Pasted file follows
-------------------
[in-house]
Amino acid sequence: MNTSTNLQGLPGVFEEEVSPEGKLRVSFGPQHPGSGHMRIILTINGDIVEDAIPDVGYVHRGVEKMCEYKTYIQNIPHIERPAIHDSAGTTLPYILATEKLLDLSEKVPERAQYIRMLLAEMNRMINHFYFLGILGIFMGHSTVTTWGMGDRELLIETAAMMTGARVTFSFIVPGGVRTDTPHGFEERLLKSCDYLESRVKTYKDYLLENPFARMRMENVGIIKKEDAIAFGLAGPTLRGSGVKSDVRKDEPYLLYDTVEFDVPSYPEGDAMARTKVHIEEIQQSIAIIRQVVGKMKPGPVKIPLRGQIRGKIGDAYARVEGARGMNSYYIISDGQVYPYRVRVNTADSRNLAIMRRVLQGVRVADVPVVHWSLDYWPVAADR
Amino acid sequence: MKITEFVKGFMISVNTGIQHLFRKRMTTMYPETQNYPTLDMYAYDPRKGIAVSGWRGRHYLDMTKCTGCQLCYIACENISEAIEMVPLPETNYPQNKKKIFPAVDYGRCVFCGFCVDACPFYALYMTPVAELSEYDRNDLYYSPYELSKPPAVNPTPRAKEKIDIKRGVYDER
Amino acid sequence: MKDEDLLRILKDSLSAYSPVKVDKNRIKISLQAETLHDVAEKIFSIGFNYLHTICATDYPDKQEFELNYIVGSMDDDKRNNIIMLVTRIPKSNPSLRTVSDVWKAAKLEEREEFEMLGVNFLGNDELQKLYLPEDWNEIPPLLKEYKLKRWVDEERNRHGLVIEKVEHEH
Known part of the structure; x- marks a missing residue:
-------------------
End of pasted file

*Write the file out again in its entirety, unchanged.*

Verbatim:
[in-house]
Amino acid sequence: MNTSTNLQGLPGVFEEEVSPEGKLRVSFGPQHPGSGHMRIILTINGDIVEDAIPDVGYVHRGVEKMCEYKTYIQNIPHIERPAIHDSAGTTLPYILATEKLLDLSEKVPERAQYIRMLLAEMNRMINHFYFLGILGIFMGHSTVTTWGMGDRELLIETAAMMTGARVTFSFIVPGGVRTDTPHGFEERLLKSCDYLESRVKTYKDYLLENPFARMRMENVGIIKKEDAIAFGLAGPTLRGSGVKSDVRKDEPYLLYDTVEFDVPSYPEGDAMARTKVHIEEIQQSIAIIRQVVGKMKPGPVKIPLRGQIRGKIGDAYARVEGARGMNSYYIISDGQVYPYRVRVNTADSRNLAIMRRVLQGVRVADVPVVHWSLDYWPVAADR
Amino acid sequence: MKITEFVKGFMISVNTGIQHLFRKRMTTMYPETQNYPTLDMYAYDPRKGIAVSGWRGRHYLDMTKCTGCQLCYIACENISEAIEMVPLPETNYPQNKKKIFPAVDYGRCVFCGFCVDACPFYALYMTPVAELSEYDRNDLYYSPYELSKPPAVNPTPRAKEKIDIKRGVYDER
Amino acid sequence: MKDEDLLRILKDSLSAYSPVKVDKNRIKISLQAETLHDVAEKIFSIGFNYLHTICATDYPDKQEFELNYIVGSMDDDKRNNIIMLVTRIPKSNPSLRTVSDVWKAAKLEEREEFEMLGVNFLGNDELQKLYLPEDWNEIPPLLKEYKLKRWVDEERNRHGLVIEKVEHEH
Known part of the structure; x- marks a missing residue: